“Name that Play” Revealed
“Name that Play” Revealed
There was no shortage of revivals of traditional holiday plays, not to mention adaptations, parodies, and spin-offs of this repertoire, all over the country this season. Holidays, after all, are perfect settings for plays because they are inherently so dramatic, so action-packed, so climactic, so emotional. Throw some spiked eggnog, pretty packages, and sparkly lights into the mix, and soon everyone is acting—happy.
While the December holiday plays that come to mind for most include A Christmas Carol, White Christmas, and A Christmas Story, to name a few, there are countless others—old and new—that take place this time of year. Having not read Ibsen’s A Doll’s House in a decade, I had forgotten until I saw it recently that it actually unfolds on Christmas Eve and Christmas Day, making it a fitting classic for fall/winter programming.
A recent play that also takes place over the Christmas holiday is Sheila Callaghan’s Crumble (Lay Me Down, Justin Timberlake), which was Drama Daily’s latest “Name that Play.” Crumble was developed with Manhattan Theatre Source in 2000 and was first produced by Clubbed Thumb at the Ohio Theatre in New York City in 2004. It received its world premiere at Moving Arts in Los Angeles in 2005. If you’d like to read the script, check out Funny, Strange, Provocative: Seven Plays from Clubbed Thumb (2007). Callaghan currently has a play called Recess running in NYC, and it is part of “The Great Recession” at The Flea, a series of six commissioned one-act economic-themed plays. The event also features new works by Adam Rapp, Itamar Moses, and others. Here is a review of “The Great Recession” plays by Aaron Riccio over at Kul.
As the title suggests, Crumble’s central characters–mother, Clara and 11-year old daughter, Janice–as well as the anthropomorphized Apartment in which they live are in serious disrepair. Their shared dysfunction stems from the loss of the husband and father of the household, who appears and vanishes in ghostlike fashion whenever his name is mentioned during the play. Our understanding of the circumstances surrounding the father’s death/disappearance the Christmas prior is purposely vague: we know only that it involved a crooked angel tree topper and a loose plank in the wood floor. That the father met his demise in the family home is a source of absurd guilt for the Apartment (and humor for the audience) because the Apartment sees itself as implicated like a murderer and, therefore, is constantly looking out for Clara and Janice’s safety.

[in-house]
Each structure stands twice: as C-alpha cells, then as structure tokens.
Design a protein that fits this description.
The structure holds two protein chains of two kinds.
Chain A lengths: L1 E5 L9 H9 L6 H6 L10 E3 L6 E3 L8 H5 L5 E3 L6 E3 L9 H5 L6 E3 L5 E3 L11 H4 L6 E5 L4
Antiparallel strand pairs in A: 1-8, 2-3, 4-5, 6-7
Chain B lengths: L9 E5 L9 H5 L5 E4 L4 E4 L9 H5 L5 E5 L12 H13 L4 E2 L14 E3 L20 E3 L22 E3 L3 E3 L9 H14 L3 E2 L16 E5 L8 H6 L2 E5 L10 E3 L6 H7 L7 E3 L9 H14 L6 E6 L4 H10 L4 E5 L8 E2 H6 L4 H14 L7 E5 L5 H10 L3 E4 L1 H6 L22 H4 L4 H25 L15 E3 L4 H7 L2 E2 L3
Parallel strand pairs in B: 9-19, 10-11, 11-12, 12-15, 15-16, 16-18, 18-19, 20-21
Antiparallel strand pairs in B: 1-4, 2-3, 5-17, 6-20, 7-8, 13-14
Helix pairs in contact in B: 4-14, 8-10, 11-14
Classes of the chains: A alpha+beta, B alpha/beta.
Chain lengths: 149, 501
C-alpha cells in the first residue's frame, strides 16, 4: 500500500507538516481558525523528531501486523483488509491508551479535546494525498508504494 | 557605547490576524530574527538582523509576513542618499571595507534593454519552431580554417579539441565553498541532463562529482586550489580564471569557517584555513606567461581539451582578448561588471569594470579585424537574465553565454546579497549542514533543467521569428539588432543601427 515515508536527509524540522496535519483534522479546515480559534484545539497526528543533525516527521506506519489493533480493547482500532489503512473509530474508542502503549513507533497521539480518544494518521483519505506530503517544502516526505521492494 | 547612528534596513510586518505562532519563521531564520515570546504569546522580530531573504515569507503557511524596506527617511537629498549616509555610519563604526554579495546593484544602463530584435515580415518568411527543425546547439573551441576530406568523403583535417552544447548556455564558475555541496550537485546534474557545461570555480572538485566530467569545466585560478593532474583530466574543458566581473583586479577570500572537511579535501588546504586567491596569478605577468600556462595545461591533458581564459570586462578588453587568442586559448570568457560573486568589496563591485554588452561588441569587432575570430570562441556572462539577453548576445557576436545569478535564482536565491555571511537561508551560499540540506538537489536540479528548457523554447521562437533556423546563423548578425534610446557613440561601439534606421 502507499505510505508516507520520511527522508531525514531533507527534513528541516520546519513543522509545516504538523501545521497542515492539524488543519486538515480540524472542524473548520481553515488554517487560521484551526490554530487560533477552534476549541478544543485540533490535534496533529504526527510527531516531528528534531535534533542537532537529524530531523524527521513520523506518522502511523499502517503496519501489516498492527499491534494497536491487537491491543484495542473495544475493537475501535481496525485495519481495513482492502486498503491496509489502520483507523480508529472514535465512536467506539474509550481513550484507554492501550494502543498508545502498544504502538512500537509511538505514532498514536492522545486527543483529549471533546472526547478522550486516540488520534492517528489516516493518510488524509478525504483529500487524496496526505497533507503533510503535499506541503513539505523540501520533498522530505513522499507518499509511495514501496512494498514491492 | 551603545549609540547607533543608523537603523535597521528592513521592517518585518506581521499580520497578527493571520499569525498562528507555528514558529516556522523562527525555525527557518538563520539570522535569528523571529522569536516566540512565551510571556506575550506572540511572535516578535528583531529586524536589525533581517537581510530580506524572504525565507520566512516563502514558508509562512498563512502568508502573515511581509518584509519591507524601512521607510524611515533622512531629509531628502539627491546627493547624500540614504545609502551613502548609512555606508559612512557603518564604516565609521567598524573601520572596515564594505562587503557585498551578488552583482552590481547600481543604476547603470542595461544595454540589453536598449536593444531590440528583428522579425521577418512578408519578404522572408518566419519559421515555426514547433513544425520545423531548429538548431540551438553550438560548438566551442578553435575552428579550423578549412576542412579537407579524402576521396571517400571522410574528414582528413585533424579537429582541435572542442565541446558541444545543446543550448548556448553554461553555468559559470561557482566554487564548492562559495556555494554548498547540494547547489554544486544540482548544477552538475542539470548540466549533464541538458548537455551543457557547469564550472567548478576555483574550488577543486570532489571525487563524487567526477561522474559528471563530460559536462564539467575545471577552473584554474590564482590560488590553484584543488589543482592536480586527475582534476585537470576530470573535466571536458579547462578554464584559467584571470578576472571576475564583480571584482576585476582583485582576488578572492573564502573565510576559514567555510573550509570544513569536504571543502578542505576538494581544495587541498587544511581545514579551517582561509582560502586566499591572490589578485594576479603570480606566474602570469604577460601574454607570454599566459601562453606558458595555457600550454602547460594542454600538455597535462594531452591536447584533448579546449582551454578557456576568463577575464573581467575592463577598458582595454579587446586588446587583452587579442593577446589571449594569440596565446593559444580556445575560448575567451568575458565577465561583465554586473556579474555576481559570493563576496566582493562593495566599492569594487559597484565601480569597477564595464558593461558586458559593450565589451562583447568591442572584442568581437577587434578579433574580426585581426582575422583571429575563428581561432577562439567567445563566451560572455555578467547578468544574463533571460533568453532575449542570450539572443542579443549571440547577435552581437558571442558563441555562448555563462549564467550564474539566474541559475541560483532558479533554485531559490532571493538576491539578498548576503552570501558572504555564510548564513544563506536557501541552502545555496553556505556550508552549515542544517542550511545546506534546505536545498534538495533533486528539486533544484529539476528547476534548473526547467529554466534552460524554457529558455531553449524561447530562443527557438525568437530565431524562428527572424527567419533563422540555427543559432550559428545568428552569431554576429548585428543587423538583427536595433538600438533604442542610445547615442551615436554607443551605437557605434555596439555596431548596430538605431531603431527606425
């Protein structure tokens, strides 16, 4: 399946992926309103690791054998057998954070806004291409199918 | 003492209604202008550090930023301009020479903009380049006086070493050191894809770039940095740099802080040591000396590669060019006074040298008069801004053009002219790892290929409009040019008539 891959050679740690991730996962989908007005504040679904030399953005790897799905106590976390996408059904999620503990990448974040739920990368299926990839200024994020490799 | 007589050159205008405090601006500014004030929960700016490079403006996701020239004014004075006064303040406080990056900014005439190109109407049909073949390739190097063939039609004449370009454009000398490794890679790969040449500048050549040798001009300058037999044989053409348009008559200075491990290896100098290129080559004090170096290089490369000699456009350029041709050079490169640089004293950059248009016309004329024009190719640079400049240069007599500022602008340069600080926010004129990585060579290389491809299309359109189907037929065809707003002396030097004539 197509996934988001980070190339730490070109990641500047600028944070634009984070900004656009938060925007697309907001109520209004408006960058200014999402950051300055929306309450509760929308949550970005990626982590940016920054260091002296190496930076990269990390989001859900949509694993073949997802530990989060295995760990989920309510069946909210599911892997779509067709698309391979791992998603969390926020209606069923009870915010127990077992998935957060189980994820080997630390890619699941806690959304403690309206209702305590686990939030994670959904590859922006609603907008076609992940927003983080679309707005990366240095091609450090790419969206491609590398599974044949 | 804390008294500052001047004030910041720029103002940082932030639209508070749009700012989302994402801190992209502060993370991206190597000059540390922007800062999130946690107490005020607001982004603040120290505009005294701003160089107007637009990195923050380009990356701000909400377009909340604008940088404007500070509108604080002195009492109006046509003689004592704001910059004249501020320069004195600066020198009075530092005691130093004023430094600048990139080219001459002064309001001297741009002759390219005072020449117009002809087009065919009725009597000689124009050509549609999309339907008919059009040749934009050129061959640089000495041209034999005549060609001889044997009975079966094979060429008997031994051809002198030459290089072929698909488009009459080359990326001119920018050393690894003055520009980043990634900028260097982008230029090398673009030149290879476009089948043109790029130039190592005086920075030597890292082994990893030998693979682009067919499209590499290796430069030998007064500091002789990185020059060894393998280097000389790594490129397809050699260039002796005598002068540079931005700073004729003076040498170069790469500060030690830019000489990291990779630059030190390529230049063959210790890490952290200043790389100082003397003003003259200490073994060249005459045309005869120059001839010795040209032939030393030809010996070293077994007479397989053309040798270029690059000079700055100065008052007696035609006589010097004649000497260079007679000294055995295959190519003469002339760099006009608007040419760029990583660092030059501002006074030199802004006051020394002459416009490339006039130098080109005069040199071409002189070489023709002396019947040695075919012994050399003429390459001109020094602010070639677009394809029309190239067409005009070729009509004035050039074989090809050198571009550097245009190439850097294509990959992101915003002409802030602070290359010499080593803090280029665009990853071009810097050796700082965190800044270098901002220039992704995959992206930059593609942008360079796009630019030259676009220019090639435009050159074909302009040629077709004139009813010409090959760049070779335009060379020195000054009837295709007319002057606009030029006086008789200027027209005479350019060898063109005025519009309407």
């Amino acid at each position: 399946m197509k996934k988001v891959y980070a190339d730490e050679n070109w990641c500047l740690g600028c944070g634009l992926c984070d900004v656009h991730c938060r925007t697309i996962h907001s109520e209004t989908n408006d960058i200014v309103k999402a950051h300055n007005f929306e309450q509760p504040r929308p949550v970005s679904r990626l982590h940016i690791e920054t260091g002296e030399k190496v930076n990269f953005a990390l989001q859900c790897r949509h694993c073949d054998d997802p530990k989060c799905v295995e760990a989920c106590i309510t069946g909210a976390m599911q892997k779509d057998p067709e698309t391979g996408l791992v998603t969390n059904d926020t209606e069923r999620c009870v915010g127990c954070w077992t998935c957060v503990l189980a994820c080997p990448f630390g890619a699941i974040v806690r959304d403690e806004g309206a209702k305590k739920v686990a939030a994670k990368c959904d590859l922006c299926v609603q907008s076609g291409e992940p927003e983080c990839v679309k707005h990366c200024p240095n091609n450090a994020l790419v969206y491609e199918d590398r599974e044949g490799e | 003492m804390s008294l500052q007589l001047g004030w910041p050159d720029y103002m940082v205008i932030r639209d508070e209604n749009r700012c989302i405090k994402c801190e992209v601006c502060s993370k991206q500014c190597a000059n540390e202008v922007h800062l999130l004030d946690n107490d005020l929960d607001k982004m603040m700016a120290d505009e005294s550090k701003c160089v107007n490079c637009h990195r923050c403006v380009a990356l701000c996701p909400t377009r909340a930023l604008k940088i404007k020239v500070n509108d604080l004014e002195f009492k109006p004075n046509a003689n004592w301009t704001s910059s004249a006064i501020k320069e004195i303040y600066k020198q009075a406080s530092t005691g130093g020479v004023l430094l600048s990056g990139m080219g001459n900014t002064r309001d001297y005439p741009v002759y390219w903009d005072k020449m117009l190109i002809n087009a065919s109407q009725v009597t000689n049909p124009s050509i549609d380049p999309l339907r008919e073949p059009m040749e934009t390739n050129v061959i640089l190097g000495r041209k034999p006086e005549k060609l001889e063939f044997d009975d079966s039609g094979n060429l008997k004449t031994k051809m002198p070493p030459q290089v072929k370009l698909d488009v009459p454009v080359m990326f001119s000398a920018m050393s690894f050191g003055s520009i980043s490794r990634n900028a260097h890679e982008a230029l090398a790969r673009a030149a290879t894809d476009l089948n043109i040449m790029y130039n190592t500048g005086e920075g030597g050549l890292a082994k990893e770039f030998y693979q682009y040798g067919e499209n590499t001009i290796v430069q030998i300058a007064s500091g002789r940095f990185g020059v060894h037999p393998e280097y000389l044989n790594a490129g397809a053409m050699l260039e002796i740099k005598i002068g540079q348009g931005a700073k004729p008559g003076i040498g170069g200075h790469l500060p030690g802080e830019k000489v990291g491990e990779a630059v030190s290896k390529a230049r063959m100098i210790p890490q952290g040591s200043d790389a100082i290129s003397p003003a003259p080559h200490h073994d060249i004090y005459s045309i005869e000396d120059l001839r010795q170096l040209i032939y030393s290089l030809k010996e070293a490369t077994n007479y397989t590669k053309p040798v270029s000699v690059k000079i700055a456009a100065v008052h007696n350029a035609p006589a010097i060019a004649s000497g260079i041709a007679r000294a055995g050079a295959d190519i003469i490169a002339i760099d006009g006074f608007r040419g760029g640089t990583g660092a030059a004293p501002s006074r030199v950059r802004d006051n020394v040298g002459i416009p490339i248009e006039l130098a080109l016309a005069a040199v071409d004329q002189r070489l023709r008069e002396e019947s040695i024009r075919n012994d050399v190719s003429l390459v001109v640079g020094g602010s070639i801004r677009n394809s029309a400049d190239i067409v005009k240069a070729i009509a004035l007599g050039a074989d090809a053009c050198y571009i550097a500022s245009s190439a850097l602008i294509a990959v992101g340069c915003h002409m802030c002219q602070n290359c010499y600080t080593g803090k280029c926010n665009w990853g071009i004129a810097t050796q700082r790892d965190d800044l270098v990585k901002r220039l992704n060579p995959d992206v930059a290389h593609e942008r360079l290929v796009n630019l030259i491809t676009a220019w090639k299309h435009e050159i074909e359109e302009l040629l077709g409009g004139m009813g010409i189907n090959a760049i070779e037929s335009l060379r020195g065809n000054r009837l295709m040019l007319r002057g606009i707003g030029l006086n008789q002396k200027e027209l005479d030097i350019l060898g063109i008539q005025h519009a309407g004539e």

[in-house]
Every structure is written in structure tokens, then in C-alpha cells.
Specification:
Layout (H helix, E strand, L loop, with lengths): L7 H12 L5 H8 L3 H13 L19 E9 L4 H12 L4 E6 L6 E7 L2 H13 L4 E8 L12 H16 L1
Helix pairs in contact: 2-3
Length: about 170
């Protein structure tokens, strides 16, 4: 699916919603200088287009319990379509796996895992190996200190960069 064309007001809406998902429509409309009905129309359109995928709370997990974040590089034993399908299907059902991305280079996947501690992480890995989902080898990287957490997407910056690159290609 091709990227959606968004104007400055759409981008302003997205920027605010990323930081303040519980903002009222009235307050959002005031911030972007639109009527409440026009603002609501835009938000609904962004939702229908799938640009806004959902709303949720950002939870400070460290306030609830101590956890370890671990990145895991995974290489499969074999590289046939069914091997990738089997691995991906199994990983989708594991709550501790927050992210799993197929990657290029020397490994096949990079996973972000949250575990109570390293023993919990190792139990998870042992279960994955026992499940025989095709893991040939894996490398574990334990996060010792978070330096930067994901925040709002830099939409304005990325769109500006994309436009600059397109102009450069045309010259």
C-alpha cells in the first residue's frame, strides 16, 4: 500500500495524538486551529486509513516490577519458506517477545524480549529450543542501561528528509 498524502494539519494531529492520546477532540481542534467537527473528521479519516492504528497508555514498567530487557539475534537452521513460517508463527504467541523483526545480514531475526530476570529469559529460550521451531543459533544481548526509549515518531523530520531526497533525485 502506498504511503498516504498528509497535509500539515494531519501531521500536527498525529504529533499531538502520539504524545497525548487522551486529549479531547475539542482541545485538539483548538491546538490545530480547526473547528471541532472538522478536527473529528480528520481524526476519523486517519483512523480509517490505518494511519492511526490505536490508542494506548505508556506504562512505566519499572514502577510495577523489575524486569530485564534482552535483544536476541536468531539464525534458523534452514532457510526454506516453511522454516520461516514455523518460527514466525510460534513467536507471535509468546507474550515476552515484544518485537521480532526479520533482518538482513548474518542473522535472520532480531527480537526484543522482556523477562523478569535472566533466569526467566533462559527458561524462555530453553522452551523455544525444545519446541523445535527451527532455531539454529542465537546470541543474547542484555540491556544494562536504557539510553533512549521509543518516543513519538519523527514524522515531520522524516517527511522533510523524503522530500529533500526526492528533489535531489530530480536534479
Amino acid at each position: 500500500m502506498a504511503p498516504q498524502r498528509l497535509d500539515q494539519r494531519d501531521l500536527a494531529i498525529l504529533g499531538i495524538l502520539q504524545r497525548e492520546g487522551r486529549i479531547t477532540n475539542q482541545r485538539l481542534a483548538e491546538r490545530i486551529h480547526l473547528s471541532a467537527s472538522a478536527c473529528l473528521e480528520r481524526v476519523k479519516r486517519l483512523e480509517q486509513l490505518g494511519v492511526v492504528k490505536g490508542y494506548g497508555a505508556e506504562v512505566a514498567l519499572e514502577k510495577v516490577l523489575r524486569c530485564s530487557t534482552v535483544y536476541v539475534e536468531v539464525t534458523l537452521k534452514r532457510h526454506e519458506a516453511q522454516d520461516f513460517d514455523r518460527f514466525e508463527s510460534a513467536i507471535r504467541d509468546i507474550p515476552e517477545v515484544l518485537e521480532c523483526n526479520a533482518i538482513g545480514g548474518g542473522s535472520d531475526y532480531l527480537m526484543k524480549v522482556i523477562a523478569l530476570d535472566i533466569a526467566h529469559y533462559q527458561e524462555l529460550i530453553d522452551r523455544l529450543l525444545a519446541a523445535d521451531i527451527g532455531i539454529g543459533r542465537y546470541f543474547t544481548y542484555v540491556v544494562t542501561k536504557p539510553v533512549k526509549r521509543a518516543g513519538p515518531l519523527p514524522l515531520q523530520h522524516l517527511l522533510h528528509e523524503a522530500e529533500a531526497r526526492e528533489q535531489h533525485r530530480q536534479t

The play opens and closes with the Apartment whose sense of resentment stemming from neglect in the beginning and sense of elation following Clara’s home improvements in the end reminds us that our relationship to our dwelling needs nurturing just as much as our human relationships do. The irony of this inanimate character (which Callaghan stresses should not be portrayed too literally) is that it seems to have a better sense of the human condition than the human characters themselves do.
When we first meet Clara and Janice, the former, a chef, is summoning Janice to her gourmet dinner and inquiring about Janice’s Christmas list. The grief that follows loss, the inability to grieve openly and healthily, has clearly contributed to the breakdown of this mother/daughter relationship. Janice has managed to excel professionally, but taking care of business at home–from apartment repairs to parenting–has proven insurmountable for her, and so rather comically, we see the Apartment taking her through breathing exercises when she lapses into spells of hyperventilation. “How does one cultivate such an odd human?,” asks the Apartment in awe of Janice, whose list couldn’t be further from your typical child’s Christmas wish list: it includes items to make a homemade explosive out of a headless doll. Rounding out this quirky cast of characters is Clara’s sister, Barbara, the crazy cat lady, who individually wraps catnip toys for her nearly 60 cats.
In trying moments, mother and daughter are visited by their respective fantasy heartthrobs: for Clara, Harrison Ford; for Janice, Justin Timberlake. Ford tries to allay Clara’s doubts about her parenting skills, and Timberlake affirms Janice’s plan to blow up her right hand–the same hand her father used to adjust the tree angel before he fell through a glass window. Beyond envisioning Ford, Clara turns periodically to Barbara for moral support. But the true realization comes for Clara on Christmas morning, when she and Janice exchange gifts. Janice reveals her bomb doll contraption to her mom and insists her mom close her eyes and make a wish. Then, Janice sets off the bomb and explodes her own hand. This dark and seemingly unnecessary event is just the wake up call mother and daughter need in order to start living again.
*Image of Sheila from Theatermania